With a money gift from a very kind anonymous donor, Special Collections has just acquired our fifth incunable! (Incunabula are European printed materials from pre-1501. A list of our incunabula and early printed books is here.)
This new one is a 1492 edition of Thomas à Kempis’s Imitation of Christ, printed by Anton Koberger in Nuremberg. It’s smallish, less than six inches tall and comfortable in the hands.
Owners and censors have been “refreshing” it in various ways over its five century life. Marginalia has been excised, leaves have been replaced, words have been struck out, owners have placed their signatures and stamps and bookplates in it. We know from its scent that at least one previous owner was a smoker. We know from the dealer that the clasp has been replaced. We look forward to scholars working with it and finding out much, much more.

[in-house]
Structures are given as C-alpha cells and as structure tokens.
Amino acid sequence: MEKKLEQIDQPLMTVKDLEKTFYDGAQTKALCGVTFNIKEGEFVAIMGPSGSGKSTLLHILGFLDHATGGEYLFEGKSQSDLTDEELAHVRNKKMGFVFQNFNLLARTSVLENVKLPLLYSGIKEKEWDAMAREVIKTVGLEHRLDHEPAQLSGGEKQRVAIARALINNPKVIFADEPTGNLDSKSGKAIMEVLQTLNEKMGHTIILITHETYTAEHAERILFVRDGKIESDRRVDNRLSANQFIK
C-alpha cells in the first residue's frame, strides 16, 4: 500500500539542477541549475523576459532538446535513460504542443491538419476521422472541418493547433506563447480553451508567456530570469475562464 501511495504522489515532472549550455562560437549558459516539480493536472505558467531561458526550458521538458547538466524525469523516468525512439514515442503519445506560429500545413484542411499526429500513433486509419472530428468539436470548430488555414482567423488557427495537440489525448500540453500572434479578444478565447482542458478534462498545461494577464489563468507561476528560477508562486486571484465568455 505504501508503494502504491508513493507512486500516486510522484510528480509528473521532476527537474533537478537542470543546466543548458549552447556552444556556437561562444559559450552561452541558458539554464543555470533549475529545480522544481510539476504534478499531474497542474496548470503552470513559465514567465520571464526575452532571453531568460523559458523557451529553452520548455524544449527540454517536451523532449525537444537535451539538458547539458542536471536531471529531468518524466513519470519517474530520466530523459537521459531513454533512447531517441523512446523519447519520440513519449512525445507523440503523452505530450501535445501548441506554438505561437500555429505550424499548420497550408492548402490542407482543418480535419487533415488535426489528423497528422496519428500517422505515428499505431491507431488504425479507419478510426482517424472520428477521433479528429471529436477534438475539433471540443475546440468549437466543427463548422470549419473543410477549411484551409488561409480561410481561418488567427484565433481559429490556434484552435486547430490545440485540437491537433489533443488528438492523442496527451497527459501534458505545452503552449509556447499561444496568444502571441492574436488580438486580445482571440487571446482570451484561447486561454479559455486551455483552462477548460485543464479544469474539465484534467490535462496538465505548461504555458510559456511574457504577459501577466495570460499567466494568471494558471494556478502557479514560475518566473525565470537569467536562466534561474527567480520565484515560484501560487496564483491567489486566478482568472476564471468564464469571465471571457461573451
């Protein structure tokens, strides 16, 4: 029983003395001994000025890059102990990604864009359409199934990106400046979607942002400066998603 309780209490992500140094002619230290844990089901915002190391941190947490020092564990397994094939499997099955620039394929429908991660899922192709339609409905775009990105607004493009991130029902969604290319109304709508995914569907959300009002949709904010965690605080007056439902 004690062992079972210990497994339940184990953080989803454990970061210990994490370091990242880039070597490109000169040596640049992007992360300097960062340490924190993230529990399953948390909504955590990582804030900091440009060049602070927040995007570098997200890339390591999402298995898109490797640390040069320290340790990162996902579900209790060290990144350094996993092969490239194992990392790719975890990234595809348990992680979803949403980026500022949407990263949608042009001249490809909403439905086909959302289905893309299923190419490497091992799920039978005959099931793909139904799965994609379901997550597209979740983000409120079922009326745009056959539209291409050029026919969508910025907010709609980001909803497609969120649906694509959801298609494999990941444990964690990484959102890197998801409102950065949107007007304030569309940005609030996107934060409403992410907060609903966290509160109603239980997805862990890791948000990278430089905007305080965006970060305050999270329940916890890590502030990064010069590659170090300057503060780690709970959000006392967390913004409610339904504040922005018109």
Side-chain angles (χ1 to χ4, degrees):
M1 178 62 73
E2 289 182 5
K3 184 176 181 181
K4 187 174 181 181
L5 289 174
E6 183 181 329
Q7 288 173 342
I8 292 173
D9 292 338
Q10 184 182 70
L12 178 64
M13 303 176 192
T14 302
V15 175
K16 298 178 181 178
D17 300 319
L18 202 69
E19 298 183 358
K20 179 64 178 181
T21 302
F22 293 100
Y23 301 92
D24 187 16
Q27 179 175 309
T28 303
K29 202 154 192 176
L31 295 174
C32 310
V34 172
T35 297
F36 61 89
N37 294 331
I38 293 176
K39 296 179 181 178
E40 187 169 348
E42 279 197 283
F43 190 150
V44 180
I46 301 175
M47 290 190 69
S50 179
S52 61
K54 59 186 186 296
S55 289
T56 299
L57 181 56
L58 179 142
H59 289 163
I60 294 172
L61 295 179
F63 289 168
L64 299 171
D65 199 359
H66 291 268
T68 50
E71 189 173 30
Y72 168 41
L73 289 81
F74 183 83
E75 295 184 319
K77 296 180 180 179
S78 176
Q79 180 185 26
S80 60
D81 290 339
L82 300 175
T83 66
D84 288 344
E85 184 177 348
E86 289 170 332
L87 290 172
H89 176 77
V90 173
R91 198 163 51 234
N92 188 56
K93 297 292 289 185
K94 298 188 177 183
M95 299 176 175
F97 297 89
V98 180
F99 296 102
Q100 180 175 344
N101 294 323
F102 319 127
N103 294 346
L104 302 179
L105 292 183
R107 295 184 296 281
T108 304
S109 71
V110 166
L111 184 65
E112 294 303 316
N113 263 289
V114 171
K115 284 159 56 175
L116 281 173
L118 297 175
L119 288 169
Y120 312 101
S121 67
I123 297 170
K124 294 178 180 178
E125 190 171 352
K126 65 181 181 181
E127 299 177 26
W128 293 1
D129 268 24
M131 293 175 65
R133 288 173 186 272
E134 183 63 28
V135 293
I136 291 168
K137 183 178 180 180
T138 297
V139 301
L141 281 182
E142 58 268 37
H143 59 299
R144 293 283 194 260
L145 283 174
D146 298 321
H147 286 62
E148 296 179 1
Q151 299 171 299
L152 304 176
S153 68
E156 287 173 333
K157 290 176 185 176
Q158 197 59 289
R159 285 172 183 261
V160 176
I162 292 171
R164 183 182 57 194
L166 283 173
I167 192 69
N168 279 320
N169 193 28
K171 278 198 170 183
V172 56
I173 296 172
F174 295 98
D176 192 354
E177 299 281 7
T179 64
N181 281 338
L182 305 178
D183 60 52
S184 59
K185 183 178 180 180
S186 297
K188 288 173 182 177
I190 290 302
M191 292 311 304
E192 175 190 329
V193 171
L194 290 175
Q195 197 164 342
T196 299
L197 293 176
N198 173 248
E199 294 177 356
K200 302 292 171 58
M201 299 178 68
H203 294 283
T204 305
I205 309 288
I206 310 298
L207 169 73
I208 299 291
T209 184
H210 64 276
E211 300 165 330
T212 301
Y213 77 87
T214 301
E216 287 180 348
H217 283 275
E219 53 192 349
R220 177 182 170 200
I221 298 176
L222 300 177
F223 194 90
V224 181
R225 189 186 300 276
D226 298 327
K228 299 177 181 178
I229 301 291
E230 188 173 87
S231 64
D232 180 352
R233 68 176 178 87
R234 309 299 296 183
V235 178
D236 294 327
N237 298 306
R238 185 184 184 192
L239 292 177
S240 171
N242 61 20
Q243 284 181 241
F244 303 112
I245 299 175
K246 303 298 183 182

So, on this day-before-Thanksgiving, we say: thank you, anonymous donor! Thank you, Medieval Books, for the generous discount you provided in support of Colorado College’s minor in book studies! And thank you, book people everywhere, for loving books and caring for them so that they last and last.